It seems like Keytruda (pembrolizumab) indications keep expanding after yesterday’s FDA approval.

The drug is a humanized antibody used in cancer immunotherapy that treats skin cancer, lung cancer, head and neck cancer, Hodgkin lymphoma, stomach cancer, and cervical cancer.

Now, the FDA has approved the Keytruda – developed by Merck – for adjuvant treatment of renal cell carcinoma (RCC) – the most common kind of kidney cancer found in adults. The drug is approved for patients who are at intermediate-high or high risk of recurrence after nephrectomy or following nephrectomy and resection of metastatic lesions, according to BioSpace.

Dr. Toni Choueiri, Director of Lank Center for Genitourinary Oncology, Dana-Farber Cancer Institute, said, “Despite decades of research, limited adjuvant treatment options have been available for earlier-stage renal cell carcinoma patients who are often at risk for recurrence.”

“In KEYNOTE-564 [Phase 3 trial], pembrolizumab reduced the risk of disease recurrence or death by 32%, providing a promising new treatment option for certain patients at intermediate-high or high risk of recurrence,” he added. “With this FDA approval, pembrolizumab may address a critical unmet treatment need and has the potential to become a new standard of care in the adjuvant setting for appropriately selected patients.”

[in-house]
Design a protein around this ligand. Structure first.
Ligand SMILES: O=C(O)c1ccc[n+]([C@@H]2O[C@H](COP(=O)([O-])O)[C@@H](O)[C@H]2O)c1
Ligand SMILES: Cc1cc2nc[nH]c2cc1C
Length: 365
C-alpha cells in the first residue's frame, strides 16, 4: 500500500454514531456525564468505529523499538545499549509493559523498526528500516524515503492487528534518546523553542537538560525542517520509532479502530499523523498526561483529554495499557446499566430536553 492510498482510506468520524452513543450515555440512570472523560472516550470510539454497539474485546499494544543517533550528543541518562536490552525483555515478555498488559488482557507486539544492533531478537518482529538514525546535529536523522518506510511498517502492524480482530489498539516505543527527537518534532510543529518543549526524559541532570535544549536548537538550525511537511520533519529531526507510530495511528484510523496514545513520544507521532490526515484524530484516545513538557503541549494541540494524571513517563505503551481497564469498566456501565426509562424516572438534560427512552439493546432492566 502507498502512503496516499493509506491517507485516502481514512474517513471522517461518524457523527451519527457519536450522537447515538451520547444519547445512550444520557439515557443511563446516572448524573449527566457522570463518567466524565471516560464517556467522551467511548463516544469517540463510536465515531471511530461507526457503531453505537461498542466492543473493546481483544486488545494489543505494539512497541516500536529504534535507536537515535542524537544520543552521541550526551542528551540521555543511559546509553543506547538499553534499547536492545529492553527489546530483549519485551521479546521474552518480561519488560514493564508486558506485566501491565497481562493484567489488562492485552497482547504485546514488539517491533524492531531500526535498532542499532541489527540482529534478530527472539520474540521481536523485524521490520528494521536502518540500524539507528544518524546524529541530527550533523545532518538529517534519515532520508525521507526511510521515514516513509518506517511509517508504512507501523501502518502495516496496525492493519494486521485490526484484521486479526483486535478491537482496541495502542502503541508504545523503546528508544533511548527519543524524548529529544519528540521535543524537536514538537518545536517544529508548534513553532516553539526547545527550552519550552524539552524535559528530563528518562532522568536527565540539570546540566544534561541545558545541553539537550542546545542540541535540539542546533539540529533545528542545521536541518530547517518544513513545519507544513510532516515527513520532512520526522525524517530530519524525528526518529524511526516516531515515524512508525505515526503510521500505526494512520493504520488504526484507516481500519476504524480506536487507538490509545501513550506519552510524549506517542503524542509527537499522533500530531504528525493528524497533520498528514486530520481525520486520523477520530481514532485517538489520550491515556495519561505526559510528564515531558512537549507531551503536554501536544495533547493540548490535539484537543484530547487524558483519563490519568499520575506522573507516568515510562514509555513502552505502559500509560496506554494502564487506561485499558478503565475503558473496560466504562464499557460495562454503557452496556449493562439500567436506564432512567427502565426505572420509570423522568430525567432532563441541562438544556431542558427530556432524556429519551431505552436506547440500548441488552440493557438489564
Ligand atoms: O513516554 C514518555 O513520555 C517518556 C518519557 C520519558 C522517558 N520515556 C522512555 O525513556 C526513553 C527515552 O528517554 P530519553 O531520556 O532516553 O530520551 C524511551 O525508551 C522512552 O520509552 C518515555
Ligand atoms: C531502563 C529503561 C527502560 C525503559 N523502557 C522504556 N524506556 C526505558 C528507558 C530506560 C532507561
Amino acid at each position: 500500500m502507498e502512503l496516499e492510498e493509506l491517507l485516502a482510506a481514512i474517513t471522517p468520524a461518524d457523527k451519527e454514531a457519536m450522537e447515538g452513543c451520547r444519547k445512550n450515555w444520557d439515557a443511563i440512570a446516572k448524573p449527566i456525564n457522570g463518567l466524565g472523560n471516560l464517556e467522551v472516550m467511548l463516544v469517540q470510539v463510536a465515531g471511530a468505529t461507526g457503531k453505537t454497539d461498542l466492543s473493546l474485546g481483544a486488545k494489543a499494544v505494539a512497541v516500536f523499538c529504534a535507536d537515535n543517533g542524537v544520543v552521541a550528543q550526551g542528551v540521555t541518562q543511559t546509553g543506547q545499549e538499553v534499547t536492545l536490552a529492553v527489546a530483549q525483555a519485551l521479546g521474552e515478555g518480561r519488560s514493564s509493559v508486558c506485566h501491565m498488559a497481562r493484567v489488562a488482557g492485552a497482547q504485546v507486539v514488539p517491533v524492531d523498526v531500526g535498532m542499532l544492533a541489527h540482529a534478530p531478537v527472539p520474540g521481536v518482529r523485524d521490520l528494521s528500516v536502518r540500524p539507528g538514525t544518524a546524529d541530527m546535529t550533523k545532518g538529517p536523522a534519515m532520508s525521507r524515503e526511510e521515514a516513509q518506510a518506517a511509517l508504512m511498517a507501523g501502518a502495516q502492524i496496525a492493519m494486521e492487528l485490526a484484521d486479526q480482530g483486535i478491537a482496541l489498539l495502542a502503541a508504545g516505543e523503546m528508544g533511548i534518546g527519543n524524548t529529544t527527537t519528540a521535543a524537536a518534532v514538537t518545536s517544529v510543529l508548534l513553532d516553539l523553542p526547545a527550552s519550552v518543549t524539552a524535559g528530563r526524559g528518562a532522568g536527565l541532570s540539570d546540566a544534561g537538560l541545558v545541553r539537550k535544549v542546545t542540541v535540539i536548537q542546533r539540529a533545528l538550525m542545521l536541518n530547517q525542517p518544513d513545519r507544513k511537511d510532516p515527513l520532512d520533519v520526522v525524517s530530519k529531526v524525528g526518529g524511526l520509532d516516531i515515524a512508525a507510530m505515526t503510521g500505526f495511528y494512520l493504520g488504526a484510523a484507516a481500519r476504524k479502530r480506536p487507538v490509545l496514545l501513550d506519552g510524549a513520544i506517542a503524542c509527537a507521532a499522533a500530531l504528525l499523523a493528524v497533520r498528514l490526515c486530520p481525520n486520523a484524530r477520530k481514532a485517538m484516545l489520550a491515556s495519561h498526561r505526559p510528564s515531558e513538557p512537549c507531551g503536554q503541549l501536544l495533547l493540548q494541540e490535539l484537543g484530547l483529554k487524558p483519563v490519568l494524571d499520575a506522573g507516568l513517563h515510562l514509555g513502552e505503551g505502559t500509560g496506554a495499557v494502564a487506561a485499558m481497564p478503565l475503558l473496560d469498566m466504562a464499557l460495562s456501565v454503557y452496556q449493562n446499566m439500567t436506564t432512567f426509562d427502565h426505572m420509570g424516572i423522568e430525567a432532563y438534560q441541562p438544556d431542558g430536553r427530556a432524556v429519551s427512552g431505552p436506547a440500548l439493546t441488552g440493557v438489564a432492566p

Adjuvant treatment is often recommended after initial cancer treatment, especially to suppress the formation of secondary tumors.

RCC is one of the most common types of kidney cancer, which is responsible for about 90% of renal cancer diagnoses. It is more common in men than women.

Most RCC cases are diagnosed when people undergo imaging studies for other abdominal issues.

Worldwide, more than 431,000 new cases of kidney cancer are diagnosed each year. In 2020 alone, the disease killed more than 179,000.

Dr. Scot Ebbinghaus, Vice President, Clinical Research, Merck Research Laboratories, said, “Keytruda is foundational for the treatment of patients with certain advanced cancers, and this approval marks the fourth indication for Keytruda in earlier stages of cancer.”

“Keytruda is now the first immunotherapy approved for the adjuvant treatment of certain patients with renal cell carcinoma,” he added. “This milestone is a testament to our commitment to help more people living with cancer.”

The story appeared Thursday on BioSpace.